|Pride goeth before a fall...and words for pain
||[Dec. 12th, 2008|08:51 am]
Well, I wish that was true, because maybe my pride would provide some cushioning. Frankly, I think that pride goes WITH the fall, since it's usually my pride that is hurt worse than anything else. |
Although, I have to admit that I pride myself on falling well. I've had a LOT of practice -- I'm not saying it's a natural ability. Certainly the excess padding that I tend to carry around helps. And I did actually do some training. I'm not really a circus person, but I figured that the only act I'd be fit for would be one of the acrobats on horseback. Post-puberty realization that I would forever be built like a brick sh**house (and by that I mean, big, solid and hard to knock down) meant that acrobatics weren't going to happen. But I still thought it would be cool to be able to leap off a running horse and land feet up.
So I taught myself to do that. Aided by my big horses' tendency to slow down or stop as soon as my seat became unsettled and by the ponymares (we always had some little half-Arab mare in the barn) being very near the ground. So, it was easy to practice and I got very, very good at it. Even when we weren't doing it on purpose. I could get tossed and land on my feet with reins in my hand. Whoo! Which is good. Because if I had NOT taught myself how to do that, surely Christopher Reeve and I would have more in common than a distinct lack of an upper lip.
And early on, I realized that fighting the fall usually caused more damage than just giving in, so non-horsey falls became rolls and tumbles, or at the worst, rag doll falls -- where the padding really came in handy. I remember really impressing some guy when, on a first date, we were walking down a gravelly hill and I slipped, went down face first, but managed to turn it into a forward roll and wind up back on my feet and walking. I think our whole relationship was based on his thinking that mad falling skills would translate into something else, perhaps in a more grassy location...
My brother was not impressed, when I later did the same thing on a busy Boston street, falling off a curb into a forward roll and landing back on my feet. But he was a young college kid trying to be cool. And I had already thrown off any pretense to coolness and was embracing my uberdorkness. Thankfully, he too, has aged out of coolness and now I can embarrass him at my leisure.
But anyway -- I had a spectacular fall yesterday morning, involving lots of hard objects, heels, a case of vitamin water, rocks, gravel, mud. And I was very proud that I was able to stand up and think hmm, that I didn't even do any damage. Wow. No gravel burned hands, no runs in the stockings. I wasn't even going to have to change, since I only got mud on easily washable parts of me. Of course, I'd landed on my bad knee, so while it didn't hurt now, I did fear later.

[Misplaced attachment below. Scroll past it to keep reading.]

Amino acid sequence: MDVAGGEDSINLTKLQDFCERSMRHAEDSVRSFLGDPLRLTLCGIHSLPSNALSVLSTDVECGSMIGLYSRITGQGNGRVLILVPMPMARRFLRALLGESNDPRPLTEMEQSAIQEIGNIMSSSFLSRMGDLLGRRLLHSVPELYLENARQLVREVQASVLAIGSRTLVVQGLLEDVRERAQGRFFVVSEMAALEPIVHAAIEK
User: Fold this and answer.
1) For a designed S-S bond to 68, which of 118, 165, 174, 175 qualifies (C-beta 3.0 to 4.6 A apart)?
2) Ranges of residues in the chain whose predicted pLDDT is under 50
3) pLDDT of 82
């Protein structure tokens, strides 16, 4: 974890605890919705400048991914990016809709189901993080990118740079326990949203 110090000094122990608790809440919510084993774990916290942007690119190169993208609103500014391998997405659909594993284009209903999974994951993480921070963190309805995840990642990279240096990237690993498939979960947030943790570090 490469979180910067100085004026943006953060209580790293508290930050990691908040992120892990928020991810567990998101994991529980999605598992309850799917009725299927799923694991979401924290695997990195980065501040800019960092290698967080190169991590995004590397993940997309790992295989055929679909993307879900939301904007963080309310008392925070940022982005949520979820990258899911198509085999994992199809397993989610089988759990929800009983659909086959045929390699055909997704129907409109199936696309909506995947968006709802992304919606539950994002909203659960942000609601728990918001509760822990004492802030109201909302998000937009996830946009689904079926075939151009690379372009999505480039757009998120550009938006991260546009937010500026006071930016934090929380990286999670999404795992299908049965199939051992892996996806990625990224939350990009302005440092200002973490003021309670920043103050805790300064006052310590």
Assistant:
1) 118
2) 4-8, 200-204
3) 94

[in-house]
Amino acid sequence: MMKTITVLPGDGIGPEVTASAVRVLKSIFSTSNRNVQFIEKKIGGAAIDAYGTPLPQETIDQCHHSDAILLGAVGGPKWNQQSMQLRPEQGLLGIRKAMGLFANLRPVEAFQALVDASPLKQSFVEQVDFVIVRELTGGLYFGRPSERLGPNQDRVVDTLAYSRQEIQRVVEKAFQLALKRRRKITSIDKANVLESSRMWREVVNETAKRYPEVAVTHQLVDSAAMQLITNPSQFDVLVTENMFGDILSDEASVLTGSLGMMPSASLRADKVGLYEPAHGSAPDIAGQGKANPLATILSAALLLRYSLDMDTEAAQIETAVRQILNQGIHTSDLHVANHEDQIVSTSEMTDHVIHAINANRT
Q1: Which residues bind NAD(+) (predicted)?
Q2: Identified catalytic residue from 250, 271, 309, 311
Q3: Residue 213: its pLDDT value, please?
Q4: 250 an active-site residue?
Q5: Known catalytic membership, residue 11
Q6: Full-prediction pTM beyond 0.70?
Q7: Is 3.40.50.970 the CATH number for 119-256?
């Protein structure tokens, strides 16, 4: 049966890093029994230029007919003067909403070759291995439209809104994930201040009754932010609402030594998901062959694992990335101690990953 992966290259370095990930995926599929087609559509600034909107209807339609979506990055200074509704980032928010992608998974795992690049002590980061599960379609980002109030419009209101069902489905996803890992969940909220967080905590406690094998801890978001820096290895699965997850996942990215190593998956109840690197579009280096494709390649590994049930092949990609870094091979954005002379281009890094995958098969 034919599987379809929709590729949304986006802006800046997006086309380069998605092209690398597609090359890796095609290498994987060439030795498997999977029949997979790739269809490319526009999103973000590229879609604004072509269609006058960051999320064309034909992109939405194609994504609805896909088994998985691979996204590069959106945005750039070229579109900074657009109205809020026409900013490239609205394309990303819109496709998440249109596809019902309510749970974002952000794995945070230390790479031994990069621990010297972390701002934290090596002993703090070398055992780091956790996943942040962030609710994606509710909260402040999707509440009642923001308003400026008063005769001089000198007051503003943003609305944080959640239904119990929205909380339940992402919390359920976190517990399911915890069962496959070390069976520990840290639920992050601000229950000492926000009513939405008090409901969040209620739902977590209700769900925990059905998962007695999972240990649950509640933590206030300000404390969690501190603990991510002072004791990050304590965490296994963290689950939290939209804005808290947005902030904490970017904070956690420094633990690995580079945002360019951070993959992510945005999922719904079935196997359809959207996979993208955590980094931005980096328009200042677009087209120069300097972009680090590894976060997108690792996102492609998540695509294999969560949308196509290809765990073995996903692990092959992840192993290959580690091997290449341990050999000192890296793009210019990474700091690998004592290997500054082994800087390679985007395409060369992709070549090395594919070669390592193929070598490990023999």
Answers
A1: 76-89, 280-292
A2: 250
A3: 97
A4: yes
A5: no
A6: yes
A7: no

And I was right. By the time I got to work, things were swelling and aching and NOT in a good way. But, thanks to naproxen and ice packs, it was kept fairly in check and today I've just got a few vague aches and twinges.
And it got me thinking about pain and about how really, like the apocryphal story about Inuits and their thousand words for snow, that I, of all people, Empress of What Can Go Wrong, should have special words for pain. Ache, twinge...not good enough.
Let's face it, there should be a special word for the pain that comes, not right after you hurts yourself, when there's a distinct LACK of pain, that clearly presages the pain to come.
And there are other pains that need special words:
The pain when you can't express how much pain you're in, like when you smack your knee on the table leg in the middle of an important meeting.
The pain of getting pubic hair caught on the adhesive of your panty liner.
The pain of an earbud getting ripped out of your ear because you forgot you were wearing them and turned around too far, too quickly.
The pain of a guy putting his hand down on your hair in the middle of intercourse and pulling all of those little short hairs along the edge of your face.
The pain of your neck hairs getting caught in a necklace clasp.
The pain when you get a cramp in your foot or flank in the middle of an orgasm. Which is so ironic that you start to laugh, which makes everything hurt/feel good even more...um, not that ever happens to me. All the time.
And of course, the pain of when you do fall down or do something that looks incredibly painful in public, but really, the only thing bruised is your pride.
I mean, clearly I'm immune to that, but others should have a name for it.